The leaders of the Navajo Nation’s three branches of government signed a proclamation earlier this year declaring 2018 as the year of the treaty, and the tribe launched a website .

The commemoration also includes a day of prayer across the Navajo Nation, cultural nights, tours of the tribal council chambers and a run that will span more than 400 miles (644 kilometers) from Fort Sumner to the Navajo capital.

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Push to legalize marijuana upends governor’s race in New Mexico

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ALBUQUERQUE, N.M. — Democratic gubernatorial candidate Jeff Apodaca on Thursday called for the expansion of New Mexico’s medical marijuana program and for legalization of recreational use, saying the poverty-stricken state is missing out on millions of dollars in tax revenues and jobs that could be spurred by the industry.

Apodaca released his plan solidifying his position as a supporter of legalization as the race for governor heats up.

Apodaca pointed to New Mexico’s history as the first state to allow for research and experimentation with marijuana as a therapeutic drug. It was his father, then-Gov. Jerry Apodaca, who signed that legislation in 1978.

The research program stalled and it wasn’t until 2008 that New Mexico rolled out its medical cannabis program.

“Why are we shooting for being the last to legalize cannabis for adult use?” Apodaca said.

The push for legalization comes as New Mexico’s medical marijuana program has grown exponentially in just the last two years. Producers licensed under the program reported record sales of more than $86 million in 2017 and the number of patients enrolled now tops 50,000.

“We know the medical benefits of it. And we also know the opportunities of legalization for adult use,” Apodaca said, suggesting expansion of the long-standing medical marijuana program along with legalization could result in an estimated $200 million of additional tax revenues for the state.

The state’s largest producer, Ultra Health, announced that it has acquired farmland in southern New Mexico and has plans for what the industry says could be the largest cultivation facility in North America.

The property spans nearly one-third of a square mile (81 hectares) in Otero County. It will include 20 acres (8 hectares) of indoor cultivation, 80 acres (32 hectares) of outdoor cannabis fields and another 100 acres (40 hectares) of outdoor hemp fields.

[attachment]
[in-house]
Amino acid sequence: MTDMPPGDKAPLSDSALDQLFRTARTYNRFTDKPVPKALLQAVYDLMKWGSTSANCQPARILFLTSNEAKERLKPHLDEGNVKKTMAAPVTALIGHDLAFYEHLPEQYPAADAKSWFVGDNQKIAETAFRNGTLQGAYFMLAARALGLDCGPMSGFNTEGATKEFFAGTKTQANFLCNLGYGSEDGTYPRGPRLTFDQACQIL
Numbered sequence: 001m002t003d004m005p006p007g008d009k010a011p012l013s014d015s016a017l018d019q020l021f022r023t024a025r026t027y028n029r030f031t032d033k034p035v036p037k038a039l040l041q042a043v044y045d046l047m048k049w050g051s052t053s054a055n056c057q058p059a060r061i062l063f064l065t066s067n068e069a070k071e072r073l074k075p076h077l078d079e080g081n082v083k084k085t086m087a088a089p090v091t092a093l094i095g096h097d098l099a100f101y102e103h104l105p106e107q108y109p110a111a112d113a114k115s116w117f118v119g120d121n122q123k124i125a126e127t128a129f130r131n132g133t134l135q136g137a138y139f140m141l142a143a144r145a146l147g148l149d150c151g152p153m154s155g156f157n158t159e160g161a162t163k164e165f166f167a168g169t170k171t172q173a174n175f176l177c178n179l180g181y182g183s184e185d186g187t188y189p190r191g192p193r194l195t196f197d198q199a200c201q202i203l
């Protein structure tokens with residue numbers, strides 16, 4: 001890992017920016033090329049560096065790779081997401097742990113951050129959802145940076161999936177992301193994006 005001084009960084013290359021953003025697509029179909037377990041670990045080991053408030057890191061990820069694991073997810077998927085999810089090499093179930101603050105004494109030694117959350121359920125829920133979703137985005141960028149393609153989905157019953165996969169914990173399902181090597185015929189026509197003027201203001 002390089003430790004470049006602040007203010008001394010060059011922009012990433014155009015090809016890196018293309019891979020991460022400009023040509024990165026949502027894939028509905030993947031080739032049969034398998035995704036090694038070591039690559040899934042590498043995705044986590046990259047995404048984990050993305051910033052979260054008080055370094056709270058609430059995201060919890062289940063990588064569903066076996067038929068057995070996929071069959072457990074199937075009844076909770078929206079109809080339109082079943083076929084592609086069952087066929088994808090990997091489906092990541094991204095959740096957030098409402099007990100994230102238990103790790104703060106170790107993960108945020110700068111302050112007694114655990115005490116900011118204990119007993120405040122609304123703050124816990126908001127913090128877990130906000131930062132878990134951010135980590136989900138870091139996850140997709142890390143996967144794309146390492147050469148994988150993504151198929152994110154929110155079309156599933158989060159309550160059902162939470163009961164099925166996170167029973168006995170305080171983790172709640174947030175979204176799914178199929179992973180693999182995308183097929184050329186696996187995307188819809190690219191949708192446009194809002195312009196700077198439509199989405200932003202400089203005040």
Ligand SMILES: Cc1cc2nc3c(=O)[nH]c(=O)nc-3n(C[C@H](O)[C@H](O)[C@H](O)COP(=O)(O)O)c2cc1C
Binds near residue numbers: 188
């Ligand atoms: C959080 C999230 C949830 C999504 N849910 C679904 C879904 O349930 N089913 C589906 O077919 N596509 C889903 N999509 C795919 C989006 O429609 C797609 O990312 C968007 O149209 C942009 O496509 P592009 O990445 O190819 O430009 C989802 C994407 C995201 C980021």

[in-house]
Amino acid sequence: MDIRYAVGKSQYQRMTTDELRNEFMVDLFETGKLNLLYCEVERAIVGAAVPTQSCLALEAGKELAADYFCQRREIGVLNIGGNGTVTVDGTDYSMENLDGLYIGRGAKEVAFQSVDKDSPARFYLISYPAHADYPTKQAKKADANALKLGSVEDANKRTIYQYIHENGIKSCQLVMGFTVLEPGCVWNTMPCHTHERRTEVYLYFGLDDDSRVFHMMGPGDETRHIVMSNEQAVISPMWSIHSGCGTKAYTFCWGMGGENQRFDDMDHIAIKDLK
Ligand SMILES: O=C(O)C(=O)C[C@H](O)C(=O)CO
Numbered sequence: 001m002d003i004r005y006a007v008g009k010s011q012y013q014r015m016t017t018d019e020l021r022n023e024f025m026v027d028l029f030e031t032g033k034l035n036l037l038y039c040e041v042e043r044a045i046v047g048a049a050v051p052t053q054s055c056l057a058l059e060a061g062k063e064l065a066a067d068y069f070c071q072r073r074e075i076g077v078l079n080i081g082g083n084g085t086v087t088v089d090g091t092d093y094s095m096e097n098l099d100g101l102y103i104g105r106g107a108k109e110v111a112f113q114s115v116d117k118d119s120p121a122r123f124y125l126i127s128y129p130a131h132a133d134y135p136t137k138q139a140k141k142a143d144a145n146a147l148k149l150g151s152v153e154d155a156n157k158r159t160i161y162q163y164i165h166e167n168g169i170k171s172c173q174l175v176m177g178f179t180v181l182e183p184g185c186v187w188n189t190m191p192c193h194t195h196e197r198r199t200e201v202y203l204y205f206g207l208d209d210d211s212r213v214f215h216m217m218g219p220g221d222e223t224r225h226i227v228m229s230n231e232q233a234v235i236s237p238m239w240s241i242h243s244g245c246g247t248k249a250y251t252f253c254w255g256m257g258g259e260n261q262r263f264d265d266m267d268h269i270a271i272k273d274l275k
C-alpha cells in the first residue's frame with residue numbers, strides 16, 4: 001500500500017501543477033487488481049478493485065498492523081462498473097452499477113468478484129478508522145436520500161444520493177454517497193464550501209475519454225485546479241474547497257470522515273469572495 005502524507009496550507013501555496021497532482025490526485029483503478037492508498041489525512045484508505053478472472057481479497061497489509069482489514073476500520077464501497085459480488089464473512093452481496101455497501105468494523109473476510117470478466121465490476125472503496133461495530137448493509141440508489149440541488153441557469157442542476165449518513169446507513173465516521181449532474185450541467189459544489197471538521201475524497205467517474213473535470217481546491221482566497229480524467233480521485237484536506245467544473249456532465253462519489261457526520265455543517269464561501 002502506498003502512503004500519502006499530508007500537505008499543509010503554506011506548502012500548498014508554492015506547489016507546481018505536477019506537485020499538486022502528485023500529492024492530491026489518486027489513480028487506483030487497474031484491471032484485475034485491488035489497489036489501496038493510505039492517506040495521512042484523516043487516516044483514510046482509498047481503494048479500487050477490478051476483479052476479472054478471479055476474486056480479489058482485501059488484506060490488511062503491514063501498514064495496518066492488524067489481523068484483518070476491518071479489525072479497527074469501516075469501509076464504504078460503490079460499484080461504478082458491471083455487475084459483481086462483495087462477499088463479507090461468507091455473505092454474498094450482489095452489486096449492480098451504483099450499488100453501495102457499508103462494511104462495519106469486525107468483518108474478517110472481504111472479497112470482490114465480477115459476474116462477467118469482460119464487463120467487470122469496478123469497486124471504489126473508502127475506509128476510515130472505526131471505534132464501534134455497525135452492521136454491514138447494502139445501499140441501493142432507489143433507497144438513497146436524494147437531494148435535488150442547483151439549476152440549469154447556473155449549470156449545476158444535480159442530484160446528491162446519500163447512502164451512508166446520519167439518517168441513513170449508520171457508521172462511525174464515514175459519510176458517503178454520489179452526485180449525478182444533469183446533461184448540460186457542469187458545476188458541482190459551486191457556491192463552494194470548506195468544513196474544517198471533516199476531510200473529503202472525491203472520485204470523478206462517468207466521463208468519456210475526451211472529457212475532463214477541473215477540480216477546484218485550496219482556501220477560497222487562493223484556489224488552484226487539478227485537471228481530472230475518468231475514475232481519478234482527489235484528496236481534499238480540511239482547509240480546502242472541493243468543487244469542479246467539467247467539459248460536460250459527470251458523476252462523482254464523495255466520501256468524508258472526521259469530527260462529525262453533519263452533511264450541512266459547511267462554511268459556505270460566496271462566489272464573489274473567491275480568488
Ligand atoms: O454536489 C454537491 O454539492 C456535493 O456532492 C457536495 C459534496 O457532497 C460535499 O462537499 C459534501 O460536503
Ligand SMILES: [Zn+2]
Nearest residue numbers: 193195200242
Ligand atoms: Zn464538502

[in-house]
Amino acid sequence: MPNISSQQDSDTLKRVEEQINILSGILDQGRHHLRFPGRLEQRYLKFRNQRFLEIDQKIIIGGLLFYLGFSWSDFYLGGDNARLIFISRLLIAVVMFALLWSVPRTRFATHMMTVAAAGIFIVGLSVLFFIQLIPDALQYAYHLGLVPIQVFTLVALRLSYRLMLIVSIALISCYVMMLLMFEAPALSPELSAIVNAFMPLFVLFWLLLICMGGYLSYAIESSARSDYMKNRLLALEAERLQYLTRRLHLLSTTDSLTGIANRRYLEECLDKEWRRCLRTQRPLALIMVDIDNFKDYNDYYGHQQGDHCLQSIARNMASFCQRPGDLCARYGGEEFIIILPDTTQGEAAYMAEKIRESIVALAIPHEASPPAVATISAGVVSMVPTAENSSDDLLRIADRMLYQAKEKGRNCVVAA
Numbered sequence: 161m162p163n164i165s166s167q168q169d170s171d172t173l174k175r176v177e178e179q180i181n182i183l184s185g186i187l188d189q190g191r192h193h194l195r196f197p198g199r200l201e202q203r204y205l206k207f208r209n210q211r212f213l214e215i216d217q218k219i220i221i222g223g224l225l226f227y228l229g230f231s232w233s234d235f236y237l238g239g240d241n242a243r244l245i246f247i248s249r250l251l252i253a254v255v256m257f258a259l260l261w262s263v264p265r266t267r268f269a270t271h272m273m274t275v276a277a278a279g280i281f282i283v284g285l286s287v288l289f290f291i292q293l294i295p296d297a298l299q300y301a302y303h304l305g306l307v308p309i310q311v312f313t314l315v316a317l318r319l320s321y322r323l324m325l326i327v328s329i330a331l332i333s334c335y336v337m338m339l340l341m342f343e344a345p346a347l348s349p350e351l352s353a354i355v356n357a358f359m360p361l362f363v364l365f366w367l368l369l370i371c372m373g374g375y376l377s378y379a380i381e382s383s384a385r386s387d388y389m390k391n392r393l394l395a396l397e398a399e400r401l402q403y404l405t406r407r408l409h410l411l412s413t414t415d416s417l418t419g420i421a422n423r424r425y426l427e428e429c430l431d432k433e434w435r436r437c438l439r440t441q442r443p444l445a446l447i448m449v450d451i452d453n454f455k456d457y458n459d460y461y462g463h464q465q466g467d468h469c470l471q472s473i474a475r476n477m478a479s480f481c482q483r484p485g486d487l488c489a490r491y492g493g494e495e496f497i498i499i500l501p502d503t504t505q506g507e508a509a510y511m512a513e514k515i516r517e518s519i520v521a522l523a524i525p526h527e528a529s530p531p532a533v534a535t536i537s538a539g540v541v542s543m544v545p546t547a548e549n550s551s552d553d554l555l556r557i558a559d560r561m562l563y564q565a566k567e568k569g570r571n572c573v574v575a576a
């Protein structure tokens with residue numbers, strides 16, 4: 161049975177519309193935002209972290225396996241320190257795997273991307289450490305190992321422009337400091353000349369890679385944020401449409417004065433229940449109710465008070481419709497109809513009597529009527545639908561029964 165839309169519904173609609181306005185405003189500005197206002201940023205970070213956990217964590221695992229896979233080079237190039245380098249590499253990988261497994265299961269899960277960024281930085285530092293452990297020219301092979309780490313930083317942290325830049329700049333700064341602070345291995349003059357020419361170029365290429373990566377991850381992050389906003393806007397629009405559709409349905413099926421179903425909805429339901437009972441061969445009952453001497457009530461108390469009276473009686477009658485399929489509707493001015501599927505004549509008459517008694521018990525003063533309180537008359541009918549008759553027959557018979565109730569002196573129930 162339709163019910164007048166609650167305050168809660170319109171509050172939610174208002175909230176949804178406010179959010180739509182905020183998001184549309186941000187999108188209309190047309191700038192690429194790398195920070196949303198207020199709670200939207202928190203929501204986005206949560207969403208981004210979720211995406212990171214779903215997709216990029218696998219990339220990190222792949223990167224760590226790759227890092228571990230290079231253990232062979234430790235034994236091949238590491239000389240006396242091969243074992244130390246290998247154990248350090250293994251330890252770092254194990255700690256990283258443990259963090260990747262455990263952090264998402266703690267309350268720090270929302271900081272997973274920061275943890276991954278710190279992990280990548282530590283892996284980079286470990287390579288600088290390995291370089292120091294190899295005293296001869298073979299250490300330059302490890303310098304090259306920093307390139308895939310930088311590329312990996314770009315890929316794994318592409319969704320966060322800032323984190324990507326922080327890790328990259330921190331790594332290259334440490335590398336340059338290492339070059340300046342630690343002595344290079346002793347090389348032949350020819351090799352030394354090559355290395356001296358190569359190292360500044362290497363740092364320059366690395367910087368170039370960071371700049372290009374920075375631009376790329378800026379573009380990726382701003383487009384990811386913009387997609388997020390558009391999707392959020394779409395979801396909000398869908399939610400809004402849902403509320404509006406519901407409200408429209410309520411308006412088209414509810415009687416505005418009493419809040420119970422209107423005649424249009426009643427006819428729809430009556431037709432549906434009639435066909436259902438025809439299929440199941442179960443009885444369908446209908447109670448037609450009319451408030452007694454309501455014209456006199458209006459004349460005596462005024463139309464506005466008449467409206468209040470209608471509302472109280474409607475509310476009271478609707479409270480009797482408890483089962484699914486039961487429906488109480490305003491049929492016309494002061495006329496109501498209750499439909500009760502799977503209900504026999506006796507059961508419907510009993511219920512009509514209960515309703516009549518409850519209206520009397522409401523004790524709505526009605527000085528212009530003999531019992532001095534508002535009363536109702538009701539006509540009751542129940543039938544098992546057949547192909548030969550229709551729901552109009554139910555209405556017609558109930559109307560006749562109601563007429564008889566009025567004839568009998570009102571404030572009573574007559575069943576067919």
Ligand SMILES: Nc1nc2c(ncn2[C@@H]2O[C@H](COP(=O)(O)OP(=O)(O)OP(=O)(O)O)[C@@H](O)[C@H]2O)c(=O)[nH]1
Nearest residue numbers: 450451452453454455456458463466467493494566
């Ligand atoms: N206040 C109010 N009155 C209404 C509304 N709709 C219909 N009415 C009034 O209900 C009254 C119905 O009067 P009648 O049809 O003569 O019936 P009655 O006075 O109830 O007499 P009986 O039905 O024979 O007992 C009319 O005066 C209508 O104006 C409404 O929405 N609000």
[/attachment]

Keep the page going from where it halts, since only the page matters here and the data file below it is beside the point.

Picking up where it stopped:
Ultra Health president and CEO Duke Rodriguez said the company is preparing for a future in which New Mexico stands to benefit from expanded medical use and possibly recreational use.

Apodaca’s plan calls for lifting the current limits on the number of plants producers can grow and reducing costly licensing fees.

Other Democratic candidates have been more cautious.

U.S. Rep. Michelle Lujan Grisham said she would work with state lawmakers to ensure there are adequate health, safety and enforcement measures in place. She called for a “thorough analysis” of recreational pot programs in other states as part of that effort.

Lujan Grisham was in charge of the state Health Department when the medical marijuana program began. Aside from the legalization debate, she said supporting producers to create the latest medicines and methods to help patients would help create jobs and expand the industry.

State Sen. Joseph Cervantes, another Democratic candidate, has sponsored unsuccessful legislation to decriminalize possession of small quantities of pot but has said the state is lacking infrastructure and isn’t ready yet to legalize.

Cervantes recently lauded efforts at the local level by the state’s largest city — Albuquerque — to decriminalize possession of small amounts. He said he would do the same as governor and that it would mark a first step.

Republican congressman and gubernatorial candidate Steve Pearce expressed reservations about legalization at a forum earlier this month. He said it might create a stumbling block for people trying to climb out of poverty and addiction to other drugs.

“I just don’t see how it fits that we’re going to deal with addiction and yet we’re going to tell people, ‘This one is OK.’ I’ve watched it for a lifetime. I just am very nervous with recreational marijuana,” he said.